Prolotherapy

Healthy healing of painful, injured joints.

What is Prolotherapy?

A nonsurgical regenerative joint injection therapy that stimulates the body’s healing process to permanently strengthen and repair joints. We begin with a small local anesthetic, followed by an injection of a safe, natural solution directly to the painful joint, ligament, muscles or tendon that creates lasting healing.

What Conditions Does It Treat?

Most acute and chronic joint pain conditions such as whiplash, chronic headaches, arthritis, rotator cuff injuries and tears, labral tears, meniscal tears, low back and neck pain, sciatica, degenerative joint and degenerative disc disease, sprained ankles or wrists, carpal tunnel syndrome, golfer’s and tennis elbow, unstable joints, and connective tissue disorders such as Ehler’s Danlos Syndrome.

How Does It Work?

The natural, simple solution injected into the joint or painful area stimulates tissue growth to reinforce joints, reduce pain, and help heal damaged issues, without drugs or surgery.

Frequently-Asked Questions

What is the prolotherapy solution made of?
Prolotherapy injections can contain any number of natural substances that help stimulate a healing response. Traditional formulas may include dextrose, saline, Sarapin, P2G, and pumice. They are usually combined with local anesthetic agents like procaine and lidocaine to help reduce the pain of the injection. Recently, more advanced forms of Prolotherapy have emerged, including formulas with Platelet Rich Plasma (PRP) and adult stem cells.

All of our formulas are tailored to meet the specific needs of patients based on their individual diagnoses and treatment.

Is it painful?
Pain during the injection will vary based on the area being treated as well as the solution being used. We have a great deal of experience in administering these injections and do our best to mitigate as much of the discomfort as possible. We often use certain medications administered prior to the injection or Nitrous oxide (laughing gas) during the injections to improve comfort.
What should I expect after treatment?
It is common to have mild tissue swelling and a temporary increase in pain and stiffness. This typically passes quickly. Occasionally we will prescribe certain prescription or natural anti-inflammatory medications to help with any post-injection soreness.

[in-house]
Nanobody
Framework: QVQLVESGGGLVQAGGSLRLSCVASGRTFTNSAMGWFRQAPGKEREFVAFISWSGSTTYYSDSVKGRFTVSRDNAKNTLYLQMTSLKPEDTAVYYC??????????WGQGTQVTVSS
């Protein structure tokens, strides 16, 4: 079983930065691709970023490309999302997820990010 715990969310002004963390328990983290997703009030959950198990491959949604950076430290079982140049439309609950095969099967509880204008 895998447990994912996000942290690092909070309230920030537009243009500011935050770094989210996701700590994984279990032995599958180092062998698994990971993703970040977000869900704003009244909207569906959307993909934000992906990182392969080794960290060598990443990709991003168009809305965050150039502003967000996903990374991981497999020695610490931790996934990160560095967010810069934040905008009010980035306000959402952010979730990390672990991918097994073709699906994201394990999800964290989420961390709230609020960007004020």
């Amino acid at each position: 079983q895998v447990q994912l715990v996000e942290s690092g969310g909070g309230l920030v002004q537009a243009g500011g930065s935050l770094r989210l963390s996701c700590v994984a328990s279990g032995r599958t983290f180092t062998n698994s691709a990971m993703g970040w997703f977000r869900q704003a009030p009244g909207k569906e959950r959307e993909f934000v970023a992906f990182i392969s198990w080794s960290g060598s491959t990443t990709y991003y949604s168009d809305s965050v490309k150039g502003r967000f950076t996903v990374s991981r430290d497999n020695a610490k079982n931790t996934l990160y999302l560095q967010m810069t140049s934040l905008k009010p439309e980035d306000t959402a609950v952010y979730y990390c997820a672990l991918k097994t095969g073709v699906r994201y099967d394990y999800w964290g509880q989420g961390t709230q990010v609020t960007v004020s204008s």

How often do I need injections before my joints are healed?
Because cellular remodeling and repair can be slow, prolotherapy procedures are usually performed as a series. It often takes several treatments over several months to help guide the body into a gradual buildup of healthy, strong tissues that can fully support a damaged or degenerating joint.
What adverse reactions do patients have?

The only adverse reaction reported is transient pain and localized swelling after injections, with overall adverse reactions being very low. The other risk factor with any interventional procedure is infection, which we minimize by using sterile aseptic techniques.

Nguyen, C., & Rannou, F. (2017). The safety of intra-articular injections for the treatment of knee osteoarthritis: a critical narrative review. Expert Opinion on Drug Safety, 16(8), 897–902.doi:10.1080/14740338.2017.1344211 

Can I use Ibuprofen or other NSAIDS with treatment?

Non-steroidal anti-inflammatories like Ibuprofen are often discouraged prior to and during prolotherapy treatments. Research has shown that there can be up to 80% reduction in new cartilage growth. NSAIDS also have been shown to accelerate the articular cartilage breakdown in osteoarthritis. Most physicians who prescribe NSAIDs for joint health do not realize that long-term use of these medications has a negative effect and dramatically increases the risk for total joint replacement.

The Acceleration of Articular Cartilage Degeneration in Osteoarthritis by Nonsteroidal Anti-inflammatory Drugs. Ross A. Hauser, MD. Journal of Prolotherapy. 2010;(2)1:305-322.

The effect of nonsteroidal anti-inflammatory drugs on human articular cartilage glycosaminoglycan synthesis.  J. T. DINGLE. Journal of OsteoArthritis Research Society International (1999) 7, 313–314